“There is no possible way that I owe Candace Owens an apology, is there?” Dave Chappelle asked at the top of the latest episode of his podcast The Midnight Miracle. The immediate answer from his co-hosts, Talib Kweli and Yasiin Bey, is “Fuck that!”
It’s been just over a year since Chappelle dropped his 8:46 special on YouTube. It was released days after George Floyd was killed, and the comedian spent a portion of that set going after the conservative commentator for trying to paint the victim of police violence as a criminal who deserved to die.
“That rotten bitch, she’s the worst,” Chappelle said on stage in front of a socially distanced crowd. “I can’t think of a worse way to make money. She’s the most articulate idiot I’ve ever seen in my fucking life.”
Now Chappelle and his co-hosts are digging even further into Owens’ role as a “mascot for colonial interests in America today,” which she has taken on in recent years despite once suing her high school for discrimination and being aided in her legal fight by the NAACP.
“So the verdict is no apology, right?” Chappelle asks after illuminating her most odious opinions. He points to an “often spoken but unwritten rule” of comedy that “you shouldn’t apologize for jokes,” calling it a “very bad precedent to set.”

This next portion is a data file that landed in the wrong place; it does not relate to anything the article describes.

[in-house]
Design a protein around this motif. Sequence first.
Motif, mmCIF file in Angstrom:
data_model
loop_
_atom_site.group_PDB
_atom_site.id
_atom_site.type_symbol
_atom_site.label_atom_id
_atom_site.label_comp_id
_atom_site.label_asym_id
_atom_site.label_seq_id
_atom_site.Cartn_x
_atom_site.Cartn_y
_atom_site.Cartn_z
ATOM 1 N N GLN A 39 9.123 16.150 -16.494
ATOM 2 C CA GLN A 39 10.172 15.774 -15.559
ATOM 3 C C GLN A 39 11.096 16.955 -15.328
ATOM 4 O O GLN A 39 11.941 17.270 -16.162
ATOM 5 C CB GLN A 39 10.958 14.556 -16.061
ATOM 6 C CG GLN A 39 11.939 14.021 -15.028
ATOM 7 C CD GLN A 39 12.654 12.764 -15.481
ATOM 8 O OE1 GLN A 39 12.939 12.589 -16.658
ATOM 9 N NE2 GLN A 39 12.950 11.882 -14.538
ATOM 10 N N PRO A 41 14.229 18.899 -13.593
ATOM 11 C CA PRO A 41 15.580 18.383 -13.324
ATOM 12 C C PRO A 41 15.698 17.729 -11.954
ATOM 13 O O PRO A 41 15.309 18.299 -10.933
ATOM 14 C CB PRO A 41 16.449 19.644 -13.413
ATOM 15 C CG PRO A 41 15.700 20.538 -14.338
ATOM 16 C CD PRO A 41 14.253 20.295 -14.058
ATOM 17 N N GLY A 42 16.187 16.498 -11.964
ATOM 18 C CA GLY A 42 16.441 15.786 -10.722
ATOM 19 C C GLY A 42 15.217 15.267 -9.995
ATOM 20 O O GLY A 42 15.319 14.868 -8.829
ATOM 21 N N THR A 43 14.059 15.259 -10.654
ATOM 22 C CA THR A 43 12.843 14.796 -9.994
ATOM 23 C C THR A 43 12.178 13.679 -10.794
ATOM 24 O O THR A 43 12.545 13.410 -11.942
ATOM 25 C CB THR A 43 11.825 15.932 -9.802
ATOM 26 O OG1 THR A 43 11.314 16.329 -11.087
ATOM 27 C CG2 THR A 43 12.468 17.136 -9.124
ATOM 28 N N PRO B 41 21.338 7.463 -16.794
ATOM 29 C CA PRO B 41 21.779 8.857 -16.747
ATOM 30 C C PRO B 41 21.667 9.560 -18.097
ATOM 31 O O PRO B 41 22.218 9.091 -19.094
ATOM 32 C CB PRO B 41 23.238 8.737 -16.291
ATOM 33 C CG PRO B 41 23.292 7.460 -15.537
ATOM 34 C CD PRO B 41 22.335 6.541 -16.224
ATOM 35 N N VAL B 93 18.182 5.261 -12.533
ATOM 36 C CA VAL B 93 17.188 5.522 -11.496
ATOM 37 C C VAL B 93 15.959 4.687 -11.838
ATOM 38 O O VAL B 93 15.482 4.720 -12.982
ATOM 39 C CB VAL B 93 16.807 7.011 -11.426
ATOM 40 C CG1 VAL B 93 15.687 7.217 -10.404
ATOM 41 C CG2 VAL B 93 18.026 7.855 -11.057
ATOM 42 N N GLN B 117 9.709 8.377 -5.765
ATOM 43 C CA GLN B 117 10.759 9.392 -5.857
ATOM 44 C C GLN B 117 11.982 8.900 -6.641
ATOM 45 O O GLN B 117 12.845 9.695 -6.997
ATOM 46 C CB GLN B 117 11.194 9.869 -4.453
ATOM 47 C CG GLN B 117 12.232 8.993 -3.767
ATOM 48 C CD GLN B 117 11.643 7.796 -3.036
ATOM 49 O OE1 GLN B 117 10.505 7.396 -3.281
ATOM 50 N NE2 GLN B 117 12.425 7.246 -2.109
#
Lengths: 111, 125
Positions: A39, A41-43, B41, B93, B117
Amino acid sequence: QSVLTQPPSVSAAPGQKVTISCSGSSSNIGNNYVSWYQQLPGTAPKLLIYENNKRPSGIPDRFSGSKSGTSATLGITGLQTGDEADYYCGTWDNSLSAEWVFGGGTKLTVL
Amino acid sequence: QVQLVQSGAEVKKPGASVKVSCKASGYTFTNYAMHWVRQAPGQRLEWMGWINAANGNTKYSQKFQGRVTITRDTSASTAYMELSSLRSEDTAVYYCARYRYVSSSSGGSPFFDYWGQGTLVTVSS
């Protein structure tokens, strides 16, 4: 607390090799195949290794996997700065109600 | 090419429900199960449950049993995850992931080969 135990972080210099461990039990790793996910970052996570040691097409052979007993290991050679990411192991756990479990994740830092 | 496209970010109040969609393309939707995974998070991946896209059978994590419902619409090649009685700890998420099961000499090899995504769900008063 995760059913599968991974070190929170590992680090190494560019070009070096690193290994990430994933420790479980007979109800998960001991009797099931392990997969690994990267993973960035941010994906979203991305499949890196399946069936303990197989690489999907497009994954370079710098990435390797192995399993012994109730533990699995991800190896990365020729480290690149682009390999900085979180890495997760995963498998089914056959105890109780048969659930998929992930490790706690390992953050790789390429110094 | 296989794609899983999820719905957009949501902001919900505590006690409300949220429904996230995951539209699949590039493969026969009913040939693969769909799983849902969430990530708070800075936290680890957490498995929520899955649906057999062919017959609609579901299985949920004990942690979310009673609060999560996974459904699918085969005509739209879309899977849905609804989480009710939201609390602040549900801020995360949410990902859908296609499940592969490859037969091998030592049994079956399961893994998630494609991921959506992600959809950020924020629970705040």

“It’s like Rachel Maddow crying on the news,” he continues. “If you cry about one story, you’re going to have to cry about all these shits.” Chappelle defends his jokes about kicking Owens “in the pussy” by explaining how “cruel and dangerous” her rhetoric was at the time. While “it’s not illegal to be an asshole,” he says, he found her comments about George Floyd “particularly cruel.”
Later in the episode, former Daily Show host Jon Stewart joins the conversation and directly addresses Owens’ surprisingly positive response to Chappelle’s original comments.
“We’ve arrived too suddenly into a culture where people can’t laugh at themselves, or want to restrain comedians. I will never be a part of that culture,” Owens tweeted at the time, adding, “@DaveChappelle—you are legend and I’d love to meet you and challenge you to say any of that to my face! All love!”
“Here’s why you were so effective in what you said about Candace Owens,” Stewart says. “Because they have held you up as an avatar of truth-telling, because you’re willing to speak your art in the way that you want to speak it.” Speaking about Owens specifically, he adds, “Her life is provocation, her brand is provocation, that’s how she makes her money.” Rather than a “genuine offer of argument and exchange of ideas,” it’s a “provocation and a troll that’s meant to increase brand recognition.”
Before moving on to a new song from the “20 years overdue” Black Star reunion album, Chappelle gets in one more joke at her expense: “By the way, Candace Owens, I’m sorry I called you ‘articulate.’”
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